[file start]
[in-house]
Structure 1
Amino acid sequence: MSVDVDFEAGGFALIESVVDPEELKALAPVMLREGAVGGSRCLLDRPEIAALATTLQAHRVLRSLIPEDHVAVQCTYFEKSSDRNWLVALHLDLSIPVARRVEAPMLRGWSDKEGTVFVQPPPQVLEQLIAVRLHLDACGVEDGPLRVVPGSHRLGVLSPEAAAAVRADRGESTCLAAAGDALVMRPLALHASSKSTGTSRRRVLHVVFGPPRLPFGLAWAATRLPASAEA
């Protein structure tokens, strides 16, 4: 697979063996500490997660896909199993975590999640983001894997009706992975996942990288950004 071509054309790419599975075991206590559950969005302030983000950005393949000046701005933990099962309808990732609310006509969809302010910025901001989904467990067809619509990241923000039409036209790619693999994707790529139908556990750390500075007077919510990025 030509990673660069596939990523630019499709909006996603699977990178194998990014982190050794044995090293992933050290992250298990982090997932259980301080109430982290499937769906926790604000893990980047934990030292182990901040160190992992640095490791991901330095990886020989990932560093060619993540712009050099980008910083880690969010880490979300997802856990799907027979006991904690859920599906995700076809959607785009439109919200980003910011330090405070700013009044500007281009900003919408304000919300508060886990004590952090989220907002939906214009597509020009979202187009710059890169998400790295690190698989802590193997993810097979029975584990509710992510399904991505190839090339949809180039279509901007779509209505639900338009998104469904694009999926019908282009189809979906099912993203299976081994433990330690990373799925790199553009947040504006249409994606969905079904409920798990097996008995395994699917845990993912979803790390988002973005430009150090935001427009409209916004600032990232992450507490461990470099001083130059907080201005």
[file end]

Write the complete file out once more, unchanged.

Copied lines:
[in-house]
Structure 1
Amino acid sequence: MSVDVDFEAGGFALIESVVDPEELKALAPVMLREGAVGGSRCLLDRPEIAALATTLQAHRVLRSLIPEDHVAVQCTYFEKSSDRNWLVALHLDLSIPVARRVEAPMLRGWSDKEGTVFVQPPPQVLEQLIAVRLHLDACGVEDGPLRVVPGSHRLGVLSPEAAAAVRADRGESTCLAAAGDALVMRPLALHASSKSTGTSRRRVLHVVFGPPRLPFGLAWAATRLPASAEA
């Protein structure tokens, strides 16, 4: 697979063996500490997660896909199993975590999640983001894997009706992975996942990288950004 071509054309790419599975075991206590559950969005302030983000950005393949000046701005933990099962309808990732609310006509969809302010910025901001989904467990067809619509990241923000039409036209790619693999994707790529139908556990750390500075007077919510990025 030509990673660069596939990523630019499709909006996603699977990178194998990014982190050794044995090293992933050290992250298990982090997932259980301080109430982290499937769906926790604000893990980047934990030292182990901040160190992992640095490791991901330095990886020989990932560093060619993540712009050099980008910083880690969010880490979300997802856990799907027979006991904690859920599906995700076809959607785009439109919200980003910011330090405070700013009044500007281009900003919408304000919300508060886990004590952090989220907002939906214009597509020009979202187009710059890169998400790295690190698989802590193997993810097979029975584990509710992510399904991505190839090339949809180039279509901007779509209505639900338009998104469904694009999926019908282009189809979906099912993203299976081994433990330690990373799925790199553009947040504006249409994606969905079904409920798990097996008995395994699917845990993912979803790390988002973005430009150090935001427009409209916004600032990232992450507490461990470099001083130059907080201005």